Warning: Please note that the following blog post contains information which some may find upsetting. This includes references to missing children and residential schools.
At a special council meeting held on May 17, 2022, Brantford City Council unanimously supported a Notice of Motion that calls on the federal and provincial governments, as well as the Anglican Church, to release all documents in the possession of the Government of Canada, the Government of Ontario, and the Anglican Church related to the former Mohawk Institute Indian Residential School to Survivors’ Secretariat immediately.
Ward 5 Councillor, Joshua Wall, worked closely with the Survivors’ Secretariat on drafting the Notice of Motion to ensure that it was respectful and would ultimately help the efforts and mandate of the Secretariat.
Prior to the council meeting, Brantford Mayor Kevin Davis invited Survivors to join the Council for food and conversation.
Why The Secretariat Needs These Records
Finding Missing Children and Unmarked Burials associated with the Mohawk Institute is the primary mandate of the Survivors’ Secretariat. An important part of this work is to “access and obtain all information, documentation, and records related to children who were taken to the Mohawk Institute.”
Know History, a Canadian historical archives and documents organization, works closely with the Secretariat to locate, organize, examine, and house documents and records related to the Mohawk Institute. There are a multitude of records in various forms and formats that will help Survivors put together the pieces in their search for missing children.
“It still affects me today, what they did to us,” said Geronimo Henry, Survivor of the former Mohawk Institute and member of the Secretariat’s Board of Directors. Speaking at the Special Motion meeting, his words underscored the long-standing and intergenerational trauma brought on from the residential school system.
“The activation of releasing each and every record, along with its full ownership, to Survivors is critical to upholding the resolutions expressed at the Truth and Reconciliation Commission,” explains Laura Arndt, Lead, Survivors’ Secretariat. “Without this action, the full work of reconciliation, healing and justice cannot be resolved.”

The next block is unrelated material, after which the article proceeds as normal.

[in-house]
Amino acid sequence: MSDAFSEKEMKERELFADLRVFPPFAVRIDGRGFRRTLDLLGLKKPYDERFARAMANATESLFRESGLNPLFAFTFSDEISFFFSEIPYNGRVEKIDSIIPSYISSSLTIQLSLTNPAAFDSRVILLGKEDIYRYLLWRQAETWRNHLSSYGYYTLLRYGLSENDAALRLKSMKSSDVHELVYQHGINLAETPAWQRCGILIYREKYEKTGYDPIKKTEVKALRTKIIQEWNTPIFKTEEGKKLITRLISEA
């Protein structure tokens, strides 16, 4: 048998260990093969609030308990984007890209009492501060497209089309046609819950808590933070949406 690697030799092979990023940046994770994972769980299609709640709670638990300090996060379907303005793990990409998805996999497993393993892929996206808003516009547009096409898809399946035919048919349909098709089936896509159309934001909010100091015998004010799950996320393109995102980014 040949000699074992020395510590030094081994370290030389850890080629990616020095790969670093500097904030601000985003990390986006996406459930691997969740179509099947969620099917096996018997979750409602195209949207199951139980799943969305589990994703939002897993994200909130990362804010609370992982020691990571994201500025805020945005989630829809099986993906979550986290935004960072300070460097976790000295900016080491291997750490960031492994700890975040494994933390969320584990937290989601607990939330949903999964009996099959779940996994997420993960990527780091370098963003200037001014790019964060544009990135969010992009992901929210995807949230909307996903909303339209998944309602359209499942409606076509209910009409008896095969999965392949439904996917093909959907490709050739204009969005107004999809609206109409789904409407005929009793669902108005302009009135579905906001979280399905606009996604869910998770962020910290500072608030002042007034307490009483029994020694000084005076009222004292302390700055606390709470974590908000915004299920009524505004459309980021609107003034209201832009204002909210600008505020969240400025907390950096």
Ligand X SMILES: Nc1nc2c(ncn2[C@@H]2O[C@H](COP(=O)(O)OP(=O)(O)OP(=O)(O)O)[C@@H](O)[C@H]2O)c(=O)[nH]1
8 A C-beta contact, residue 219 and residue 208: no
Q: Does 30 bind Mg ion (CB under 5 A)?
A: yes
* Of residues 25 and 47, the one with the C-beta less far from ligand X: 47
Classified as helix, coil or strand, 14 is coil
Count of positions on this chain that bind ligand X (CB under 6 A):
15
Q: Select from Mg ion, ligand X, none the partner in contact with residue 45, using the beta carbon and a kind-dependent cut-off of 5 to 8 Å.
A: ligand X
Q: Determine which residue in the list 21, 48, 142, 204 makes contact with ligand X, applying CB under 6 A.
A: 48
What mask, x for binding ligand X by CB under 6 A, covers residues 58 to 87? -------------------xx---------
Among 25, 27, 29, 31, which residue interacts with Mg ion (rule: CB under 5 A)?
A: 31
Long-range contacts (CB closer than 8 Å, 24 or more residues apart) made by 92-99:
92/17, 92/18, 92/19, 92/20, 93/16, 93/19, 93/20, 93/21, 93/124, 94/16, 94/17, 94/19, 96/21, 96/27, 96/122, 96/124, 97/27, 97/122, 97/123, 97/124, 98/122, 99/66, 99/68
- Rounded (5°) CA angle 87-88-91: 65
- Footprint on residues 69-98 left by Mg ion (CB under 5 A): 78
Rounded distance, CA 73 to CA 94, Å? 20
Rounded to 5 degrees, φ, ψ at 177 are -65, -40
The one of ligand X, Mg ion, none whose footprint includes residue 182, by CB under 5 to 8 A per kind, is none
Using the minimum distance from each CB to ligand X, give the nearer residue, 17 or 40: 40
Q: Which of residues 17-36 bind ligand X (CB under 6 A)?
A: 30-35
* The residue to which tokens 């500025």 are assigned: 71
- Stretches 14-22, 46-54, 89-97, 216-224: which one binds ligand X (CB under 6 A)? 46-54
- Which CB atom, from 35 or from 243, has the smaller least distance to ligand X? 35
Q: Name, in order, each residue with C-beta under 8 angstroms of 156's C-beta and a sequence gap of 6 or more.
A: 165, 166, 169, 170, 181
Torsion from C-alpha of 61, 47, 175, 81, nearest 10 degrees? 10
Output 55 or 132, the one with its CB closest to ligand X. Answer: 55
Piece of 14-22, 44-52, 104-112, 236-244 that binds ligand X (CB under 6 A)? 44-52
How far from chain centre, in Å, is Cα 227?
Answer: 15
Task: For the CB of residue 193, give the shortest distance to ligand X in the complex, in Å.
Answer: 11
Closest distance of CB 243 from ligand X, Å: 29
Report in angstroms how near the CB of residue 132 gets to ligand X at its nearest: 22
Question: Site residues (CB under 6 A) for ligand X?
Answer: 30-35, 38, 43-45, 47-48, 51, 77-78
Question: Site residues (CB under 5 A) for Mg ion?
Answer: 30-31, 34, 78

“No words of apology will drown out the screams of a mother as her children are ripped from her life,”said Diane Hill, Survivor of the Mohawk Institute and member of the Survivors’ Secretariat Board of Directors at the Special Motion meeting. “This truth is still pitiful, still ugly and still hideous.”
About the City of Brantford's Meeting & Motion
As referenced above, during the May 17th council meeting, members of Council and City staff heard directly from three Survivors and Board of Directors members; Dawn Hill, Geronimo Henry and Diane Hill. This group shared their experiences at the former Mohawk Institute and asked the City of Brantford for concrete action in their efforts to release any and all relevant documentation possessed by the City.
Survivors’ Secretariat representative, Scott Robertson, detailed the Truth and Reconciliation Commission’s specific call to action that the federal government work with churches, Aboriginal communities, and former residential school students to establish and maintain an online registry of residential school cemeteries, including plot maps showing the location of deceased residential school children.
Other Municipalities Who Are Getting Involved
Since the City of Brantford Notice of Motion, the Secretariat has received additional letters of support from the Wainfleet, Shuniah, and Hearst municipalities.
However, according to a June 2021 article by CBC News, only the records from Alberta and B.C. have been submitted to the head of archives for the National Centre for Truth and Reconciliation (NCTR). The organization has been in negotiations with every province to get these records, but still hasn’t received an agreement.
Ottawa has also entered into an agreement with the National Centre for Truth and Reconciliation to hand over thousands more records on residential schools that the federal government has been holding back. However, these agreements do not seem to have been fulfilled.
Working with the City of Brantford
The Survivors’ Secretariat has been working closely with the City of Brantford since the inception of the organization. Here’s a list of what the City has accomplished with us to date.
- Capturing of LiDAR data and Participation in Training at WCC
- Establishing a process with nearby Brantford developer
- Sharing and updating regional maps
- Special Motion
- Promotion of Every Child Matters on bus wrap advertising
- Statements made and Partnerships with the Police Task Force
- Participation in NCTR Day and our Survivor Gathering
You Can Help
While the Secretariat is doing all it can to release all school, health and church records, you too can help the process. To enable change, call your municipality and/or write letters to your local, provincial and federal politicians. You may wish to use the information included in this press release for your own communications.
Here are a few ways in which you can work with your municipalities to support Survivors of the Mohawk Institute Indian Residential School:
- Write a letter to your local municipality and ask them to support the City of Brantford’s Notice of Motion.
- Call your local representative and/or municipality and share details of this Motion and why their support is needed.
- Participate in a Town Hall or Community Meeting and speak with officials about their support.
- Share this blog post as well as background information about the Motion on social media and with colleagues, friends, family and neighbours.
- Support Survivors’ Secretariat by donating or volunteering if this is within your means.
Thank you in advance for your advocacy; your voice will help the Secretariat gain momentum for this important issue.